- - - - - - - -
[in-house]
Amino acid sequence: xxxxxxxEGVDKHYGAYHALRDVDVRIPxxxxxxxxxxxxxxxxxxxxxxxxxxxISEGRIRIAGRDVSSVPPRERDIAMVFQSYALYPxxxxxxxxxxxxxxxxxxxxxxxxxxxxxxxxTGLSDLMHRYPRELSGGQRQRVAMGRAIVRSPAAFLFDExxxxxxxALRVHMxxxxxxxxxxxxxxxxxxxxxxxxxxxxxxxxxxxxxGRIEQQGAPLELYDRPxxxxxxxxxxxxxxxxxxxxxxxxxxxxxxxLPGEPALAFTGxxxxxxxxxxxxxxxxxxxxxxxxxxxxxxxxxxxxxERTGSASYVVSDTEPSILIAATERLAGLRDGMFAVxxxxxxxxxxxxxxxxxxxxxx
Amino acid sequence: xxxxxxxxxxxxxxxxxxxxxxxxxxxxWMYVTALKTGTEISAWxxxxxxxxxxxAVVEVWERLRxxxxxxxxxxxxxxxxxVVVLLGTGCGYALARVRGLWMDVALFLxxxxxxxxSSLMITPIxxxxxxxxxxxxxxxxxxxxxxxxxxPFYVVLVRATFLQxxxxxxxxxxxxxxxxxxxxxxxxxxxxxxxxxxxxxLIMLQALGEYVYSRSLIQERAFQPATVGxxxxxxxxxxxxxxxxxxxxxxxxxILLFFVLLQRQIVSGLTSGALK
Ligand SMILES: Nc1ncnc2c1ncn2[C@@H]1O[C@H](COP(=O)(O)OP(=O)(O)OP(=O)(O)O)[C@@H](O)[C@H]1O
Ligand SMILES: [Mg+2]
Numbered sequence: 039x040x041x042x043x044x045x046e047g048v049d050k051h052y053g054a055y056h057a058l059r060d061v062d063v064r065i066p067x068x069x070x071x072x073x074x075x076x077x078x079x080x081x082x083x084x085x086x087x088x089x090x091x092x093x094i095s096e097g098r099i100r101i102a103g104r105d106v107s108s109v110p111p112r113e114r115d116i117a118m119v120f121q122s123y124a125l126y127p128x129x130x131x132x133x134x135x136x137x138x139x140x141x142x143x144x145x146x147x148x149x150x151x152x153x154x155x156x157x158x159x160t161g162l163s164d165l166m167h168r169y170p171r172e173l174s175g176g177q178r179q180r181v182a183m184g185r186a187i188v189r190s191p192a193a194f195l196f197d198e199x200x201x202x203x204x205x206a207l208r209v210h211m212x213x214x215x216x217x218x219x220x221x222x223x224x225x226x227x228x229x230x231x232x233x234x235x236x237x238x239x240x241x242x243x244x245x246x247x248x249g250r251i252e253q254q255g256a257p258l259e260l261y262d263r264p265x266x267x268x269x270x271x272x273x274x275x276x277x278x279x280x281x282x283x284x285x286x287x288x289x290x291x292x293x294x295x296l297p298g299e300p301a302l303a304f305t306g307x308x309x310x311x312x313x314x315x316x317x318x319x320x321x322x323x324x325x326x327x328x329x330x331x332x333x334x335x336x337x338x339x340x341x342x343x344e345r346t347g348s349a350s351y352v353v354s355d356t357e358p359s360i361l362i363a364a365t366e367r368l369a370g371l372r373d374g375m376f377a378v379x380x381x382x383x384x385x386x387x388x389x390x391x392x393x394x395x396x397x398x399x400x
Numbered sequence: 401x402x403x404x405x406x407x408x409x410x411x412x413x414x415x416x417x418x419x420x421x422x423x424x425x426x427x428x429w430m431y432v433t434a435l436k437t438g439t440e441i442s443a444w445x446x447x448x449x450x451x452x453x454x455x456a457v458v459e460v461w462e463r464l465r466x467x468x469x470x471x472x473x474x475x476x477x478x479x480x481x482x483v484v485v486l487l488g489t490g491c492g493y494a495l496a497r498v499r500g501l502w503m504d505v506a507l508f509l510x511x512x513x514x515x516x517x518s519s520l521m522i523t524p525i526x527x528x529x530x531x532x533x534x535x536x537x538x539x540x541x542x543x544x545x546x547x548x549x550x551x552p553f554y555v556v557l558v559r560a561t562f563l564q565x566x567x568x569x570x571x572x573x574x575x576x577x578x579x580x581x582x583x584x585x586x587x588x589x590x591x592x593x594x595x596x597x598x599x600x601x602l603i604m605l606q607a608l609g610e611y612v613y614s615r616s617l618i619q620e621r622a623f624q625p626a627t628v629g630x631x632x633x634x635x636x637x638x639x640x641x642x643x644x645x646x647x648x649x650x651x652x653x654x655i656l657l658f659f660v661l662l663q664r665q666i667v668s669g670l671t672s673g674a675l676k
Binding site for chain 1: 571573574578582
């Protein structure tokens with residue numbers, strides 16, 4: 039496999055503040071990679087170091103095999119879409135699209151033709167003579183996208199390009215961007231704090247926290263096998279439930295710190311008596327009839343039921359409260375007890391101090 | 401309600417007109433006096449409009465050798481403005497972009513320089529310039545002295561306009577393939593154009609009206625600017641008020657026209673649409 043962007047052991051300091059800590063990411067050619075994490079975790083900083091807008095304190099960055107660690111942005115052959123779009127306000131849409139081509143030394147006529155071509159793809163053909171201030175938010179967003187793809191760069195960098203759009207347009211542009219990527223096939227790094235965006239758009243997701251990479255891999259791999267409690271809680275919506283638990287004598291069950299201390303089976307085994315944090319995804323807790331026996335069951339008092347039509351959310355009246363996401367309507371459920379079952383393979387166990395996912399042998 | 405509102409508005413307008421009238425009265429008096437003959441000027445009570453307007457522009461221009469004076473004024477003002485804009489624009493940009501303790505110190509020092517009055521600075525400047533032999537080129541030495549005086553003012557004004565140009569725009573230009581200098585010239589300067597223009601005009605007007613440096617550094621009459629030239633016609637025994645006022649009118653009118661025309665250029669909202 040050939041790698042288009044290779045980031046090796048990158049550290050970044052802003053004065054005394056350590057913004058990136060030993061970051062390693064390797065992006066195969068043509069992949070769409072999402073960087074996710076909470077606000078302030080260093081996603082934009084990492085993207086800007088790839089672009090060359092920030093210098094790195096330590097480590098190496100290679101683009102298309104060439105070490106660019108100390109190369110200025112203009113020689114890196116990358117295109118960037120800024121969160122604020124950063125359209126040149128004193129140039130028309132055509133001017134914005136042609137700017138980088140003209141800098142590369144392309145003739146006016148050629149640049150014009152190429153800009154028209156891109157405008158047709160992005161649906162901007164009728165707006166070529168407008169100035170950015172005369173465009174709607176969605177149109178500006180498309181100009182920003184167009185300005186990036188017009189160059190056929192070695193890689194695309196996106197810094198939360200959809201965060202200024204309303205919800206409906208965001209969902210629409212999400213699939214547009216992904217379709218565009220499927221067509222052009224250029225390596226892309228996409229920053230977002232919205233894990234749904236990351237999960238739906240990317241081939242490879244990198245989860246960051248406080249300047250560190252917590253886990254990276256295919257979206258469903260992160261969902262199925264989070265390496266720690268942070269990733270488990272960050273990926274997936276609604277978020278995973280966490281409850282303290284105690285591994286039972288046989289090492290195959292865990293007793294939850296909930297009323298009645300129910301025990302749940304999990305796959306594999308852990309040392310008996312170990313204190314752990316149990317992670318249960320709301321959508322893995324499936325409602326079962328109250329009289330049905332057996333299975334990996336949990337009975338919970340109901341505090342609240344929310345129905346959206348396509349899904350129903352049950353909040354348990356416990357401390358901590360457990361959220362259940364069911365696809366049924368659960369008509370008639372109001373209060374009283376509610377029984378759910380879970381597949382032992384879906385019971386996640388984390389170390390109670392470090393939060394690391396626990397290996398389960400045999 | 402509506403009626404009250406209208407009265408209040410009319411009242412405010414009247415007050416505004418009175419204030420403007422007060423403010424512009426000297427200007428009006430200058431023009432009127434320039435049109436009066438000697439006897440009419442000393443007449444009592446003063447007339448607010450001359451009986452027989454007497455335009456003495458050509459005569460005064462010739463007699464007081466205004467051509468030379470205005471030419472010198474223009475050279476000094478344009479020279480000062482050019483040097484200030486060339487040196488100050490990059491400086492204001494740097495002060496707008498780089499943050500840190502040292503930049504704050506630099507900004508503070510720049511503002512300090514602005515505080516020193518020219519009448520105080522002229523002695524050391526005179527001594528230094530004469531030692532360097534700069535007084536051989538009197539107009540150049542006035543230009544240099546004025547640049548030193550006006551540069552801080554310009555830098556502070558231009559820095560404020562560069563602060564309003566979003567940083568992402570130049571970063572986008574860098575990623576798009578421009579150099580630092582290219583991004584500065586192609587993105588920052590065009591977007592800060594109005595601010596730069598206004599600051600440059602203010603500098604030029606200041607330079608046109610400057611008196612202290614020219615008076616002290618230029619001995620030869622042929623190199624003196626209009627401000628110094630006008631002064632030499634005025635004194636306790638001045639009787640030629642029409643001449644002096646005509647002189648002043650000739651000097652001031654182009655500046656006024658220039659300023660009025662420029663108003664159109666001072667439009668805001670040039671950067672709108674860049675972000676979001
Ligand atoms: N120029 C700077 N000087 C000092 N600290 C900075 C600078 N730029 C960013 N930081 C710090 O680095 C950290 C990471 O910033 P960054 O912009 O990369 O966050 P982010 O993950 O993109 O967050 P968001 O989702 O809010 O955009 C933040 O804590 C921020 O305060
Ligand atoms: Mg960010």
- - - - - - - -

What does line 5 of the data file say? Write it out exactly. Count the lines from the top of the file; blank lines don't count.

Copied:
Ligand SMILES: [Mg+2]